Saudi Arabia’s desalination plants use a number of different processes. According to the Saudi government body that regulates electricity and water generation industry, the Electricity and Co-Generation Regulatory Authority, as of 2018, 64 percent of the Kingdom’s desalinated water is produced by the multi-stage flash process (MSF), 20 percent is produced via reverse osmosis (RO), and 16 percent is produced using multi-effect distillation (MED). In 2016, SWCC announced plans to invest about $80 billion to increase desalinated water production to 8.5 million m3/d by 2025. Furthermore, in 2017, the SWCC produced an additional 1.4 million m3 of desalinated water in 13 months using existing facilities, an output nearly equal to that of a newly built desalination plant worth $3.5 billion without any additional capital costs.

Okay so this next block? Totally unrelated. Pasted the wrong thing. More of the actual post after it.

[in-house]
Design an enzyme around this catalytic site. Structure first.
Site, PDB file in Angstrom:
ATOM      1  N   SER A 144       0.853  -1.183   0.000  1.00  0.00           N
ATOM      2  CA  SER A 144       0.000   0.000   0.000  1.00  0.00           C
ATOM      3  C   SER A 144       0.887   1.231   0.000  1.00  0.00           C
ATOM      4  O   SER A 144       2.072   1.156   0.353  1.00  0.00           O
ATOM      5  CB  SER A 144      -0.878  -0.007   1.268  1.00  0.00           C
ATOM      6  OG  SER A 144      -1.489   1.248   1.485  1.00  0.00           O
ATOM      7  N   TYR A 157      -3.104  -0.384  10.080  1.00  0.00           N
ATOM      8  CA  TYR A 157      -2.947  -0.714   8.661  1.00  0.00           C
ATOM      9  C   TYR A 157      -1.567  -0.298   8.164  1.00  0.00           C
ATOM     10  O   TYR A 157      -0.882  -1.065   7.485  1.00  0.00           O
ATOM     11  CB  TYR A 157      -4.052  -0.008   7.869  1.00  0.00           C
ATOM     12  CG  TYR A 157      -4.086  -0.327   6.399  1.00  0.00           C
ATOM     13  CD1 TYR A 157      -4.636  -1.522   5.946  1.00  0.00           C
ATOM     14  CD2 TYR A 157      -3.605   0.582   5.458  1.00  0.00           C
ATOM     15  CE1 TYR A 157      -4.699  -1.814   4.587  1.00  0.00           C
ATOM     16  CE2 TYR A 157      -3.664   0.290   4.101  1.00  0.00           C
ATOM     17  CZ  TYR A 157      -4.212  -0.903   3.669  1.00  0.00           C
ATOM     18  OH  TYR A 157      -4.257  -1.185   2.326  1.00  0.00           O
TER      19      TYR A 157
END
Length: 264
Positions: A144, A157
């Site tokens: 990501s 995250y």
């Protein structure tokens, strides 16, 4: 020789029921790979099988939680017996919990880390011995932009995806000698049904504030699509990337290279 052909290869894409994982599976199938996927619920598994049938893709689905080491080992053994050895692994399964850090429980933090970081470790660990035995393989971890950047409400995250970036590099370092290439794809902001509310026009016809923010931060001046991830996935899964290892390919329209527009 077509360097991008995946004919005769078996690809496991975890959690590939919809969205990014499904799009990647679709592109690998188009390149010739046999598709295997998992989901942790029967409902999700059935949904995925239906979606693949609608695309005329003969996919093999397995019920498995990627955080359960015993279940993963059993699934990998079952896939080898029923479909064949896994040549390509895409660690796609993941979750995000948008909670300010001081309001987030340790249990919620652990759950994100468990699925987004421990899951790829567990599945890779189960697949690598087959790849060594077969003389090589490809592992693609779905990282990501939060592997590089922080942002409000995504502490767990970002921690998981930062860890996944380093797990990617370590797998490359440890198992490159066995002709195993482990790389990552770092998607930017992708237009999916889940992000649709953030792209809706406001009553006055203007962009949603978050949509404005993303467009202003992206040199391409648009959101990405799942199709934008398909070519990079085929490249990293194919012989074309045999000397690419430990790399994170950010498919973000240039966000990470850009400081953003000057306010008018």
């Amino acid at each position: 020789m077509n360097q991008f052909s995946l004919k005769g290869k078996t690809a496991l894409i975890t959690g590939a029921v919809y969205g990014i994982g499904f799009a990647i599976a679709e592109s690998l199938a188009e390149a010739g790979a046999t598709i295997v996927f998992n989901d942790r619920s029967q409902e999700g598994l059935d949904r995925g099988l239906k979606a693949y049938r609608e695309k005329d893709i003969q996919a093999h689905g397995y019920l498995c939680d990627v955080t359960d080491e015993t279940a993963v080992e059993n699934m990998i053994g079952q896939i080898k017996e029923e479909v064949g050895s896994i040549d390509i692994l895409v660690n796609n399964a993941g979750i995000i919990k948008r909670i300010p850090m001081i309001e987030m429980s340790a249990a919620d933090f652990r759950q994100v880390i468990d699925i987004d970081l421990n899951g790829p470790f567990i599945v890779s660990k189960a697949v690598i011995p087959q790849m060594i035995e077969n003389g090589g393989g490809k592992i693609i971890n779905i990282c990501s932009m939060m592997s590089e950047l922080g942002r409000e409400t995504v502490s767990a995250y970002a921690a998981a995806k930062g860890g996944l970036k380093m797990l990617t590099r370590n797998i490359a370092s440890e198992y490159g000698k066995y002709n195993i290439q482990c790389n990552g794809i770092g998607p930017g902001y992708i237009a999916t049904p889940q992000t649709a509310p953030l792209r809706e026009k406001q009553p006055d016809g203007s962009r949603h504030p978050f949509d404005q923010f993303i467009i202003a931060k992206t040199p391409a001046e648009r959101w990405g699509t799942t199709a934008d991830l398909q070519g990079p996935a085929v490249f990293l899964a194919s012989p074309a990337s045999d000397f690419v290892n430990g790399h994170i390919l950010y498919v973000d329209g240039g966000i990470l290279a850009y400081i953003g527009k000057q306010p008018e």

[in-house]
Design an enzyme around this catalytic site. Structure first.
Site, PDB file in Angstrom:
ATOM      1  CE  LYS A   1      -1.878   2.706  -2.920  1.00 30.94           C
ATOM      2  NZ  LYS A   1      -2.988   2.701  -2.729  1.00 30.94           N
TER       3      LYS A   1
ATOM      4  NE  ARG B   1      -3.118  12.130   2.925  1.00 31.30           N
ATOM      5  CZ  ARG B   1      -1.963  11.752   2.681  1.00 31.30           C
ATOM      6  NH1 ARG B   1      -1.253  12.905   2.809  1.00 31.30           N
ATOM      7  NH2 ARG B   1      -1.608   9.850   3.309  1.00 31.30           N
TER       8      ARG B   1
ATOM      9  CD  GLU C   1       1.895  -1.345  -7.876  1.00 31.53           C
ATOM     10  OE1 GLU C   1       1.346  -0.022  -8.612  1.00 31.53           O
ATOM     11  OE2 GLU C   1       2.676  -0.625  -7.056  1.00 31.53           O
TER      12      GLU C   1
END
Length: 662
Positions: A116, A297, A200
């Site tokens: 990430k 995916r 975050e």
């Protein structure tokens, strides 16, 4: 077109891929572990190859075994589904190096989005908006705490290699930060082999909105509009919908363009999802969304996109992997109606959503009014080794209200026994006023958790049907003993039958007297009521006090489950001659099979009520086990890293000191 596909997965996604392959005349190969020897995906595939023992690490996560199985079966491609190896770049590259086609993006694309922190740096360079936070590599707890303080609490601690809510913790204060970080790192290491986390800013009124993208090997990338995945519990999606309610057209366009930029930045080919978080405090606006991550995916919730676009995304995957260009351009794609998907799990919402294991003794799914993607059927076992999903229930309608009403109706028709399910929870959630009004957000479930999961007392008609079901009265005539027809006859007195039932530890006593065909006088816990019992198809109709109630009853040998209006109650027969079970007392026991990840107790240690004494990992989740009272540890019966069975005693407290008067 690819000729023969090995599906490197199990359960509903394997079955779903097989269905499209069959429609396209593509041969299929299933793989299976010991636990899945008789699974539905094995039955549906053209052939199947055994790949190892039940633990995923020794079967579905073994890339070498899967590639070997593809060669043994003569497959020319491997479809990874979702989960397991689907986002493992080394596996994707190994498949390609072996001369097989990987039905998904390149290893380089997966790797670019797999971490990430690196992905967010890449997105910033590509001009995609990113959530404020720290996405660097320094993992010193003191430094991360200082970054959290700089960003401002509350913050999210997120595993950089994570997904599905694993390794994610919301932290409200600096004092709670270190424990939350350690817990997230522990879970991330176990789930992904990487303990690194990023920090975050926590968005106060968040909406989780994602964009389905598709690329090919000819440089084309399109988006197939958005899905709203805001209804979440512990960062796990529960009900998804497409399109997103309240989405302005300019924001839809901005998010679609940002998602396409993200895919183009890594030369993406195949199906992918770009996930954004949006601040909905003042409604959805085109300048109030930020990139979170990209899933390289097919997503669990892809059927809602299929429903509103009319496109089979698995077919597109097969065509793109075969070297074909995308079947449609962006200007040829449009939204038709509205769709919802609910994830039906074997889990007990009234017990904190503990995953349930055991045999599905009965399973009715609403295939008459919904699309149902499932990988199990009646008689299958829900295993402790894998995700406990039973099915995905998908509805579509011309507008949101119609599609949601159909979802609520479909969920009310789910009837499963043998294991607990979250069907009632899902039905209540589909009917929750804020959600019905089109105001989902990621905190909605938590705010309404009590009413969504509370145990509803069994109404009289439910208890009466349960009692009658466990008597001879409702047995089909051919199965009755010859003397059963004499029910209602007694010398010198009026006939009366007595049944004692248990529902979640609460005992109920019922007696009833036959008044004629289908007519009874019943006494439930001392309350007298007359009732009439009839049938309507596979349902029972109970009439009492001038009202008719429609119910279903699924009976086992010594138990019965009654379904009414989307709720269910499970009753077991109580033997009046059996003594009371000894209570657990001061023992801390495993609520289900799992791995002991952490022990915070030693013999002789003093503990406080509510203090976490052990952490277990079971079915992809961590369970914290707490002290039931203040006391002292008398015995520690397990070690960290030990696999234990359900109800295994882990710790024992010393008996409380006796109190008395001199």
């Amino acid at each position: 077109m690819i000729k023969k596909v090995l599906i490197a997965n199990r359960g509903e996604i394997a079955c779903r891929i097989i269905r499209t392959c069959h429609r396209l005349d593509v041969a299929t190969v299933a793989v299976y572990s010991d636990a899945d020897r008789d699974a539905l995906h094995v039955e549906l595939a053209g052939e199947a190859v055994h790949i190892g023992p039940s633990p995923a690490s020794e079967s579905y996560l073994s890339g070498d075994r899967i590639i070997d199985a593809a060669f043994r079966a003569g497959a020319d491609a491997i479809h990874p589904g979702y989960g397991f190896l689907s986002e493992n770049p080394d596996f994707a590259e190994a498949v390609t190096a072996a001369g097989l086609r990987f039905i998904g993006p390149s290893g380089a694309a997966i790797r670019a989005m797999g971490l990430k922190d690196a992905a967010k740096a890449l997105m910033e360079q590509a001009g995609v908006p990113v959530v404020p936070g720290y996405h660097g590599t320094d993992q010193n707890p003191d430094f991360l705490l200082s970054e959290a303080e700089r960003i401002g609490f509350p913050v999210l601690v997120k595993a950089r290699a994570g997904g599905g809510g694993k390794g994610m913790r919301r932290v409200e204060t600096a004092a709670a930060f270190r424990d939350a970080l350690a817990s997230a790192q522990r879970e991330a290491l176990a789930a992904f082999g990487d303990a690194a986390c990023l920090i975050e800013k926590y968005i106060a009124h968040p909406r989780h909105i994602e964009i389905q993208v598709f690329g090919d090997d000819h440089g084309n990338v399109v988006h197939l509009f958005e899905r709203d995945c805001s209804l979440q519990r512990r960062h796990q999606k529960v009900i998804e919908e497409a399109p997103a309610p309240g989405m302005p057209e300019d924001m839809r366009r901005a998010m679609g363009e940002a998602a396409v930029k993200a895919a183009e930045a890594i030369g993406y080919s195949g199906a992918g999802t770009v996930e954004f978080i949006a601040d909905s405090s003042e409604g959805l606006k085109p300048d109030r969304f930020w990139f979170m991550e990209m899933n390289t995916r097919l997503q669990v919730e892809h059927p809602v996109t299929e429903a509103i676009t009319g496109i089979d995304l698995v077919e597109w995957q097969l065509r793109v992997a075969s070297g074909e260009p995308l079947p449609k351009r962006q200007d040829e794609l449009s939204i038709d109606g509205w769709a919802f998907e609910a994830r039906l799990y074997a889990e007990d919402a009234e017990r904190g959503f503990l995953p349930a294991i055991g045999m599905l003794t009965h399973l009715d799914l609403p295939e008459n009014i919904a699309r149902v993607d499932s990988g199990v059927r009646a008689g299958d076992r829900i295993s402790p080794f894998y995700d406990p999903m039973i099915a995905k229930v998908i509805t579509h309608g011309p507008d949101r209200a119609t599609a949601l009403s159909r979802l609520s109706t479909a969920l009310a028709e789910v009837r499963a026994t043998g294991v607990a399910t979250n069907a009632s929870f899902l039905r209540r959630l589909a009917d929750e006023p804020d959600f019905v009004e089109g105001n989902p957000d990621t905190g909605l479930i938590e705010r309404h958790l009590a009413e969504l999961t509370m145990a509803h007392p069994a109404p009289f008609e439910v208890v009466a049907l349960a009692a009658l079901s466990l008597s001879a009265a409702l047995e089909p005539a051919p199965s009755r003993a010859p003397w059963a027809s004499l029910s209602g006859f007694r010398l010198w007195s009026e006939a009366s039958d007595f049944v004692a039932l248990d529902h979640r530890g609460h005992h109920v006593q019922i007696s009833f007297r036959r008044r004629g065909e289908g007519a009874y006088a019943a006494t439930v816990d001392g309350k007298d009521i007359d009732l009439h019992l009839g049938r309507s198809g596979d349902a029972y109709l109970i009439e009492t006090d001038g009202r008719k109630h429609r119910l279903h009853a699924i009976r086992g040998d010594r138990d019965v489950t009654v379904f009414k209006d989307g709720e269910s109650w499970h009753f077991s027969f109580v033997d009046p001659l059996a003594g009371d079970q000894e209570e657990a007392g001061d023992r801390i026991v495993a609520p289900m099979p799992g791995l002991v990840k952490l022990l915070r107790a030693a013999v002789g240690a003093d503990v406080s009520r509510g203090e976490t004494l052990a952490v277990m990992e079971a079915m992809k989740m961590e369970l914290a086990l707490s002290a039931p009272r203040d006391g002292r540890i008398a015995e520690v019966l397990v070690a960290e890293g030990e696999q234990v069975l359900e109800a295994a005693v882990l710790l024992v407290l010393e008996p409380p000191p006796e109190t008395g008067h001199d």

In addition, the National Water Company (NWC), a Saudi joint stock company fully owned by the Public Investment Fund, has invested nearly $6.7 billion more than 300 water projects over the last decade in the fields of service, infrastructure development and water treatment in Makkah, Riyadh, Taif and Jeddah, and recently announced investment opportunities worth billions more over the next five years. The private sector contributes 2 million m3/d to SWCC’s production via the SWPC, and investment incentives exist for companies that want to help contribute to further growth in the industry. In estimates from 2016, MEWA calculated that there were $107 billion worth of investment opportunities in the water and wastewater sectors available through the end of 2025.

Improving Efficiency and Reducing Waste in Water Transmission